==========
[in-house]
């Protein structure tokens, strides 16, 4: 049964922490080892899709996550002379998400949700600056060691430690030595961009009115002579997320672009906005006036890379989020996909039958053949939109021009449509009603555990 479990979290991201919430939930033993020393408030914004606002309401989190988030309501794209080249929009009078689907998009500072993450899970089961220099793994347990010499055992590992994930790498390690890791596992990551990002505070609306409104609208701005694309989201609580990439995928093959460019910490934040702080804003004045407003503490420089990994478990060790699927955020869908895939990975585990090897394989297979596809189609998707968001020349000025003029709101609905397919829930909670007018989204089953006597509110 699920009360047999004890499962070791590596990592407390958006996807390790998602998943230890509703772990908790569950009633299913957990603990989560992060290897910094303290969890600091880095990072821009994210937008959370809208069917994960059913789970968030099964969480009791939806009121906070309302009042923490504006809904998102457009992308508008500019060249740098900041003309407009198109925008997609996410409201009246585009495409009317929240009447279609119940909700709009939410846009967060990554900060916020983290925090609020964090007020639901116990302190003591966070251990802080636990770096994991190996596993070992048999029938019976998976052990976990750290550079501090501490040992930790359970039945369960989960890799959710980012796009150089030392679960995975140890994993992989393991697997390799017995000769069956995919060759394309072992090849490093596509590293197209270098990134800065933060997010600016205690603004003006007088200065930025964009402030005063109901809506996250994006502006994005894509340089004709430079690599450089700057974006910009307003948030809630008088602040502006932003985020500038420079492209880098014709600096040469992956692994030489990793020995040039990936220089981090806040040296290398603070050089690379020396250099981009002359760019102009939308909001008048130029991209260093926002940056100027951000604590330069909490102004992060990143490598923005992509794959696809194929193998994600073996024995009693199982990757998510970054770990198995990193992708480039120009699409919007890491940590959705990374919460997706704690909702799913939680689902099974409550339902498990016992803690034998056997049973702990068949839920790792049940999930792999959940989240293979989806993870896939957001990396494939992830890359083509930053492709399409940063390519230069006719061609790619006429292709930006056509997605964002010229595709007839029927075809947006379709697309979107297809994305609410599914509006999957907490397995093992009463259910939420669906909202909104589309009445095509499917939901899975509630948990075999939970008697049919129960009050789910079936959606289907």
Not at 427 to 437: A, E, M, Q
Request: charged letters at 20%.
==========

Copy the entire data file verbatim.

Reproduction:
[in-house]
């Protein structure tokens, strides 16, 4: 049964922490080892899709996550002379998400949700600056060691430690030595961009009115002579997320672009906005006036890379989020996909039958053949939109021009449509009603555990 479990979290991201919430939930033993020393408030914004606002309401989190988030309501794209080249929009009078689907998009500072993450899970089961220099793994347990010499055992590992994930790498390690890791596992990551990002505070609306409104609208701005694309989201609580990439995928093959460019910490934040702080804003004045407003503490420089990994478990060790699927955020869908895939990975585990090897394989297979596809189609998707968001020349000025003029709101609905397919829930909670007018989204089953006597509110 699920009360047999004890499962070791590596990592407390958006996807390790998602998943230890509703772990908790569950009633299913957990603990989560992060290897910094303290969890600091880095990072821009994210937008959370809208069917994960059913789970968030099964969480009791939806009121906070309302009042923490504006809904998102457009992308508008500019060249740098900041003309407009198109925008997609996410409201009246585009495409009317929240009447279609119940909700709009939410846009967060990554900060916020983290925090609020964090007020639901116990302190003591966070251990802080636990770096994991190996596993070992048999029938019976998976052990976990750290550079501090501490040992930790359970039945369960989960890799959710980012796009150089030392679960995975140890994993992989393991697997390799017995000769069956995919060759394309072992090849490093596509590293197209270098990134800065933060997010600016205690603004003006007088200065930025964009402030005063109901809506996250994006502006994005894509340089004709430079690599450089700057974006910009307003948030809630008088602040502006932003985020500038420079492209880098014709600096040469992956692994030489990793020995040039990936220089981090806040040296290398603070050089690379020396250099981009002359760019102009939308909001008048130029991209260093926002940056100027951000604590330069909490102004992060990143490598923005992509794959696809194929193998994600073996024995009693199982990757998510970054770990198995990193992708480039120009699409919007890491940590959705990374919460997706704690909702799913939680689902099974409550339902498990016992803690034998056997049973702990068949839920790792049940999930792999959940989240293979989806993870896939957001990396494939992830890359083509930053492709399409940063390519230069006719061609790619006429292709930006056509997605964002010229595709007839029927075809947006379709697309979107297809994305609410599914509006999957907490397995093992009463259910939420669906909202909104589309009445095509499917939901899975509630948990075999939970008697049919129960009050789910079936959606289907």
Not at 427 to 437: A, E, M, Q
Request: charged letters at 20%.